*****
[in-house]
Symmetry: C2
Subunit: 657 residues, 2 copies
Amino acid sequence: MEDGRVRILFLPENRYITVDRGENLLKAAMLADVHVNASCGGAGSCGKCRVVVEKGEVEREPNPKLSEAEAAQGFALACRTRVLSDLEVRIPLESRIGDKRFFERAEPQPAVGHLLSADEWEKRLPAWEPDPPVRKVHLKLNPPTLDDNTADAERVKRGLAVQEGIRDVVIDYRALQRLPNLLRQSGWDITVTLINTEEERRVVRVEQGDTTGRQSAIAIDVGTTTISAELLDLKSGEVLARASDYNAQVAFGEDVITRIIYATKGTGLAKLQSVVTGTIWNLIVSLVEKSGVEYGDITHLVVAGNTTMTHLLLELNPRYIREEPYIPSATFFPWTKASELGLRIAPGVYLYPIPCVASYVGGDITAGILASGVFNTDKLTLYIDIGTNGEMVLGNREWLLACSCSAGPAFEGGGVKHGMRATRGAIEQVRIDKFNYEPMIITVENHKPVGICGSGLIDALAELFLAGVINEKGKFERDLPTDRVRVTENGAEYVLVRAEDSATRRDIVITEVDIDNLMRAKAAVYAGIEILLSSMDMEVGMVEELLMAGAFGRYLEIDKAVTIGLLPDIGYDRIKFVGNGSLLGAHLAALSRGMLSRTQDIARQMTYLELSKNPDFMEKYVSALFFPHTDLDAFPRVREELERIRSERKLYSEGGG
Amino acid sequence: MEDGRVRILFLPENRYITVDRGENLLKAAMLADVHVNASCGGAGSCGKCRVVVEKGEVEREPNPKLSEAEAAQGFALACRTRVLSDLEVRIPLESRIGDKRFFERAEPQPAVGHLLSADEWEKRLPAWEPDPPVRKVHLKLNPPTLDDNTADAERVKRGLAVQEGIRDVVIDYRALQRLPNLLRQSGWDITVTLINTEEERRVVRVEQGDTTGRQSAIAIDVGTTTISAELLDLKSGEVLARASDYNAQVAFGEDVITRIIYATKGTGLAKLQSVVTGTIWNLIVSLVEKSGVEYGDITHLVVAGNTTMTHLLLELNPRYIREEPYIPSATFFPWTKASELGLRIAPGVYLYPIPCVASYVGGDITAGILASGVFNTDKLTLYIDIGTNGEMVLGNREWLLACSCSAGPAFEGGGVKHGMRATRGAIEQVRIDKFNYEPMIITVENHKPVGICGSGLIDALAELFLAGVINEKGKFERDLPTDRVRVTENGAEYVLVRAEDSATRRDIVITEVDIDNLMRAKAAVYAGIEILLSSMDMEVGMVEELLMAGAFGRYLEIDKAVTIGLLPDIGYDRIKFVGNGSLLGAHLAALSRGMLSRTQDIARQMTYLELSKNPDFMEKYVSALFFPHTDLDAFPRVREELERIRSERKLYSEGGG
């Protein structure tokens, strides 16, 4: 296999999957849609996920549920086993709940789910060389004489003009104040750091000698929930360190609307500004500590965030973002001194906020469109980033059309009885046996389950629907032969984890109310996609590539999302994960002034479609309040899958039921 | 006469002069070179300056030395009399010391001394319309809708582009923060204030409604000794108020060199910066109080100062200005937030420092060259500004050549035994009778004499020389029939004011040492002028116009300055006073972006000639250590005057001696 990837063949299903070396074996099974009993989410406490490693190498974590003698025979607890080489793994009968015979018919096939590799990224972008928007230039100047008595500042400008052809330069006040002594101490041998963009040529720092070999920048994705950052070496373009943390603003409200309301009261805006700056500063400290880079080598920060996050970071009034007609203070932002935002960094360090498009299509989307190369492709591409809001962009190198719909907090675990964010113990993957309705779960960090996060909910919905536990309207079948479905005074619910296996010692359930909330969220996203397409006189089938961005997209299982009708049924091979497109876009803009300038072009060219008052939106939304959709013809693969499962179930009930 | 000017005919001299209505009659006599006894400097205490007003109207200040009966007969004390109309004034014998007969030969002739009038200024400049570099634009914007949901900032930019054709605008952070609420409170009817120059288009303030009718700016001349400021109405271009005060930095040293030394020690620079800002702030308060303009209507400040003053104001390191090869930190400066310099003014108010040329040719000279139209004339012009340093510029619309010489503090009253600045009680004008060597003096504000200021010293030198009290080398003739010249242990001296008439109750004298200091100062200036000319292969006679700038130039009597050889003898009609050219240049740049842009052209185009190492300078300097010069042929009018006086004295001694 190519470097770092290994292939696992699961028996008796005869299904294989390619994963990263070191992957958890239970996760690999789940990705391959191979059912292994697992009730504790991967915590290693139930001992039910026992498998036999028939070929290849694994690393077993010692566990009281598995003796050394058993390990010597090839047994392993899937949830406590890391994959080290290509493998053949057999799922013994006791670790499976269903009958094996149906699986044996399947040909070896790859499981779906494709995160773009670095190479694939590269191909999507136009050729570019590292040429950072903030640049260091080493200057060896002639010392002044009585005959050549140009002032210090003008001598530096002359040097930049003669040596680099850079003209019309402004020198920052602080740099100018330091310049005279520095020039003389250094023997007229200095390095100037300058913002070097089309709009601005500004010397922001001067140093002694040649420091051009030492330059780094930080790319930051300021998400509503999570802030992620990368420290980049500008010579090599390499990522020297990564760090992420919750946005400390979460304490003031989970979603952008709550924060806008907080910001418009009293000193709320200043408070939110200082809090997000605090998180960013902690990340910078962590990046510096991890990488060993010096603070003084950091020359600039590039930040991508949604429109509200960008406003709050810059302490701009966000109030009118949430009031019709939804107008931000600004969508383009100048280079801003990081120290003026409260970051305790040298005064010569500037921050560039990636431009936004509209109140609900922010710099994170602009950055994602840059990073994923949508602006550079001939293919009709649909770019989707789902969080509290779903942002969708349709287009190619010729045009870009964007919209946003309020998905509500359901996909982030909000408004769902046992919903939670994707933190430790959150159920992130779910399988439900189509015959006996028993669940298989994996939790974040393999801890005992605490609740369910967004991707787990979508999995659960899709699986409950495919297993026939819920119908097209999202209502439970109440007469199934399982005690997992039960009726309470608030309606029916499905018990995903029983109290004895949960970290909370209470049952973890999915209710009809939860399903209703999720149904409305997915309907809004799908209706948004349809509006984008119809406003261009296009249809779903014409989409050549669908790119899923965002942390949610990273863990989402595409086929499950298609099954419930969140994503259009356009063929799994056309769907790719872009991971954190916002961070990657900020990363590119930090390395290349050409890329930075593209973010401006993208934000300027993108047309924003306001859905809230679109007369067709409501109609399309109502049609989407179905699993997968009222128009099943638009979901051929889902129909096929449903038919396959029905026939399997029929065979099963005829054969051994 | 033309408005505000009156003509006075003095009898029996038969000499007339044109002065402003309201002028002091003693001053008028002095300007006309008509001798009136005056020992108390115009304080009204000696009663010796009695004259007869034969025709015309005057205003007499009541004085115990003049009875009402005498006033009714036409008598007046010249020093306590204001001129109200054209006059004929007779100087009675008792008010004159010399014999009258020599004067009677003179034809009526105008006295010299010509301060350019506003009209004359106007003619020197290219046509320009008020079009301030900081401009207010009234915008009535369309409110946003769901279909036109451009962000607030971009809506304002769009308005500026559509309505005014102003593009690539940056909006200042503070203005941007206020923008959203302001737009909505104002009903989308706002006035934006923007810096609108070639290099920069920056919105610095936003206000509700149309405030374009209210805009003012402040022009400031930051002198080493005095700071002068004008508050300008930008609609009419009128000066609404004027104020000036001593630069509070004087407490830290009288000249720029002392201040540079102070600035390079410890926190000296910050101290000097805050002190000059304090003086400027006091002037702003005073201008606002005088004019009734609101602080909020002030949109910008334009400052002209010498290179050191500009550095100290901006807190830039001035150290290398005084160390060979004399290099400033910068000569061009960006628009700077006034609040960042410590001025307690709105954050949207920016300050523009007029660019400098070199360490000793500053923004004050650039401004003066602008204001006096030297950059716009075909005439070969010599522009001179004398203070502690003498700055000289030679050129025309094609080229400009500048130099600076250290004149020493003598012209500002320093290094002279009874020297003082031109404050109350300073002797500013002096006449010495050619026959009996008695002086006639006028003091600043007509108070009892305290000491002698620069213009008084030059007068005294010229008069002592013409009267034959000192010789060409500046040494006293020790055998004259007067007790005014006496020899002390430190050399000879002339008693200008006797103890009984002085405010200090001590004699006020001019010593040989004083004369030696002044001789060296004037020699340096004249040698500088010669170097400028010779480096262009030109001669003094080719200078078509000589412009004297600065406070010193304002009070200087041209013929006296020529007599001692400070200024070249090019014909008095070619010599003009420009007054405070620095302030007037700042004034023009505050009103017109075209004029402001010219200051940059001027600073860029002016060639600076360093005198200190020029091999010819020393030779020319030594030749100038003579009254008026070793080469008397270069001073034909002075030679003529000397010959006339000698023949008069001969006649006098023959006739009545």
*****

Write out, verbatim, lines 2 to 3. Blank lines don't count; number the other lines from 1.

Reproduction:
Symmetry: C2
Subunit: 657 residues, 2 copies